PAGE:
Almost three months ago, following its Q1 earnings report, I wrote a Seeking Alpha article about CVS Caremark Corporation (NYSE:CVS) titled CVS Caremark: An Investor-Friendly Free Cash Flow Generator With Strong Growth Potential.
Then, the stock traded around $51 per share. Following its strong Q1 report, it now trades just below $59. Its trailing P/E is close to 20X. Sales were actually down marginally versus the year before, while operating profit increased 21%. The company's sales of generic drugs surged, and these products embody much higher profit margins than do the sales of branded pharmaceuticals; that shift largely explains the disparity between earnings and sales. A strong flu season also led to additional cough/cold sales.
Does the stock continue to embody good relative value given how fast the price has risen in only three months?
Basically, I think it does. As a reminder, CVS and the analytic community focus on this company's free cash flow rather than GAAP income, which is somewhat lower than the preferred non-GAAP measure. The reason to focus on non-GAAP earnings is that CVS has grown as a serial acquirer (a roll-up or consolidator strategy), and the charges to earnings for depreciation of its intangibles and goodwill asset values (all of which involve no cash) are irrelevant in most observers' eyes. On the basis of cash earnings, the company is now expected to earn at least $3.90 and more likely $4.00+ this calendar year. Assuming some growth in earnings in Q1 of 2014, its 12-month forward earnings may be $4.10+. Thus the forward P/E may be only somewhat above 14X. This would translate into an "earnings yield" of about 7%. The company gives virtually all of this back to shareholders through dividends (current yield of 1.6%), and accretive share buybacks. The company anticipates that dividends will now grow faster than buybacks.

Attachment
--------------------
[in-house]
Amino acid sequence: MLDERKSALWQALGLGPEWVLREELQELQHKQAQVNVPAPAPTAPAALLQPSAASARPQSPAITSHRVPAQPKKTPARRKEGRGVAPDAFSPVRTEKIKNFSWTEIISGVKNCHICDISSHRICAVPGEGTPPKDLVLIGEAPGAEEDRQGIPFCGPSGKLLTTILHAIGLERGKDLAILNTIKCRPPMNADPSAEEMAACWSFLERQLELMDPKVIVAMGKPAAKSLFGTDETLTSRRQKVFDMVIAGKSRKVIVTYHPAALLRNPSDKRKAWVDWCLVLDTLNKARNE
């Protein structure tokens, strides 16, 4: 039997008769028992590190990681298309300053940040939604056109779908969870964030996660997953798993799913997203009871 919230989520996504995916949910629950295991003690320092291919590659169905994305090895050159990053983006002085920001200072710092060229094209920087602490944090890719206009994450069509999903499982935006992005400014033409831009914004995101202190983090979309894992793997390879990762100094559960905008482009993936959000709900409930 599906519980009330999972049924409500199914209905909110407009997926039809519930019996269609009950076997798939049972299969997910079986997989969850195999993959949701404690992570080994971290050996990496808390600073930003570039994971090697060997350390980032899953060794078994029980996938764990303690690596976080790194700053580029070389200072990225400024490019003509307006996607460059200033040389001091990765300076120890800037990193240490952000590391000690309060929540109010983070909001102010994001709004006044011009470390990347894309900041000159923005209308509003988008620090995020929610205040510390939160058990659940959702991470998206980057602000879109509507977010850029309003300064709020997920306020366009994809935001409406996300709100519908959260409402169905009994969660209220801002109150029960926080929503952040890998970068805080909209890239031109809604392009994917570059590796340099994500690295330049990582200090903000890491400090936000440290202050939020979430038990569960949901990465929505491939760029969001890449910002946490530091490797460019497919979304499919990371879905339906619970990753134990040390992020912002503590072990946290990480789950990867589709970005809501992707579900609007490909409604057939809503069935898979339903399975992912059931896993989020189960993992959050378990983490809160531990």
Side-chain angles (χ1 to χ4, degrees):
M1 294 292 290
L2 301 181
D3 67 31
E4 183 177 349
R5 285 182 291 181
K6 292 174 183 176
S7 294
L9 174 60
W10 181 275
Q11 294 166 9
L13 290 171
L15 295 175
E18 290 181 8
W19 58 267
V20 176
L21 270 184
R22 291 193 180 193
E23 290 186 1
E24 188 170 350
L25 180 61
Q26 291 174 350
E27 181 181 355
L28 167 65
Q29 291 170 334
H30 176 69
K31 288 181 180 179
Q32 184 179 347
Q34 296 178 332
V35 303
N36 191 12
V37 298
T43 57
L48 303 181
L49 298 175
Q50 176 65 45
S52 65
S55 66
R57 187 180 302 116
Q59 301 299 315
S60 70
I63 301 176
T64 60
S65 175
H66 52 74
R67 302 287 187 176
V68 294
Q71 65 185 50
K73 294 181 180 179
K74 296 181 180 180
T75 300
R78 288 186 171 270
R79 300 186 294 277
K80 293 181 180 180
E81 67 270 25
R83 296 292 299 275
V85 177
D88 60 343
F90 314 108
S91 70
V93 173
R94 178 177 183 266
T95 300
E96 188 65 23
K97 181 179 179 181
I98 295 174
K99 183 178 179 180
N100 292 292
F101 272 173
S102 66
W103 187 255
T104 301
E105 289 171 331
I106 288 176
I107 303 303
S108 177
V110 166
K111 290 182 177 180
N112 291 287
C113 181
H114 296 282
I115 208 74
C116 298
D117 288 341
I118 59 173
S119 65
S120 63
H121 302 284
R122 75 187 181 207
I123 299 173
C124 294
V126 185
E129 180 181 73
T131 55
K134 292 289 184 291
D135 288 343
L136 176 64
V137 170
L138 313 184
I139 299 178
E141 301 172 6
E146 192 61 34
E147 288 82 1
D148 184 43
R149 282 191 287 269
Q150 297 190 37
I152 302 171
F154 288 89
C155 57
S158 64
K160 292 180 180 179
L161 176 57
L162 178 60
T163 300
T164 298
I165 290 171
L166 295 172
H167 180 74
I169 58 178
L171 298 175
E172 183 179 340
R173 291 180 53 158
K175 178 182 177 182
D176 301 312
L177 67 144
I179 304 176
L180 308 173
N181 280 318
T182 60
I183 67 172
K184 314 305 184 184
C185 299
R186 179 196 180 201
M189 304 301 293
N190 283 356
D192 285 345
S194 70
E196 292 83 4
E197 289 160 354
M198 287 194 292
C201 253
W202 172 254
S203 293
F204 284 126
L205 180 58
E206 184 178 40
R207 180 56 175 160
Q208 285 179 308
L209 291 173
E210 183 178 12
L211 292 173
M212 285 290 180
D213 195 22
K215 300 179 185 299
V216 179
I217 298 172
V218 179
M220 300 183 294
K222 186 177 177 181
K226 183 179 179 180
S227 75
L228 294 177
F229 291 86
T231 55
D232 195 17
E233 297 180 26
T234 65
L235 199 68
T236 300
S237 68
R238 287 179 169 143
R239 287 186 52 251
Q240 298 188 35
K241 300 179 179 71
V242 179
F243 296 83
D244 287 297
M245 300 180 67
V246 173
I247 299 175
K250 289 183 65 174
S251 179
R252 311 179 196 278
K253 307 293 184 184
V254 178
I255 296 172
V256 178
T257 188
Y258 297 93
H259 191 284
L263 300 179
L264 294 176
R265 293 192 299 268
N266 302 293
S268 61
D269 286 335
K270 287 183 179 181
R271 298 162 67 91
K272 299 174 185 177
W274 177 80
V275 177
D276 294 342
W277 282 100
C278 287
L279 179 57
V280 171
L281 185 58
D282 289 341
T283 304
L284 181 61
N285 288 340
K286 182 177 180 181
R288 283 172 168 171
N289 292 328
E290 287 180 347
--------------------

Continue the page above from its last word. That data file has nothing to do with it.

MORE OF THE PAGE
My prior article describes several aspects of corporate history and strategy. It also has several links to very useful descriptions of the company that are found primarily on different parts of the CVS website. Ongoing or prospective CVS investors may wish to study these documents. This article is much more conceptual than that; there is no need to repeat much, as CVS is not Google (NASDAQ:GOOG) or Yahoo! (NASDAQ:YHOO); it is not a biotech stock; not a lot changes from quarter to quarter in its business model or its products.
The recent run-up in the stock price has largely been due to a combination of improving earnings and declining competing interest rates. Standard & Poor's stock rating service has recently increased its estimate of the fair value of a share of CVS stock to about $74 per share while increasing its 12-month target price (post-earnings) by a large $6/share to $68.
Another independent rating company, Value Line, believes that a fair value for the shares is 11.5X cash flow; this would put current fair value right around $70. Separately, Value Line's seers suggest about a 12% per year total return from the shares over the next four or so years. Typically Value Line is overly-optimistic by about 5% per year, and if so, that would suggest more like an annual 7% total return. This is higher than most weak junk bonds. Given CVS' very high ranking for both earnings predictability and financial strength, with interest payments covered by a factor of more than 14X, I think that the shares are highly competitive with those of virtually all competing investment classes as well as those of most stocks.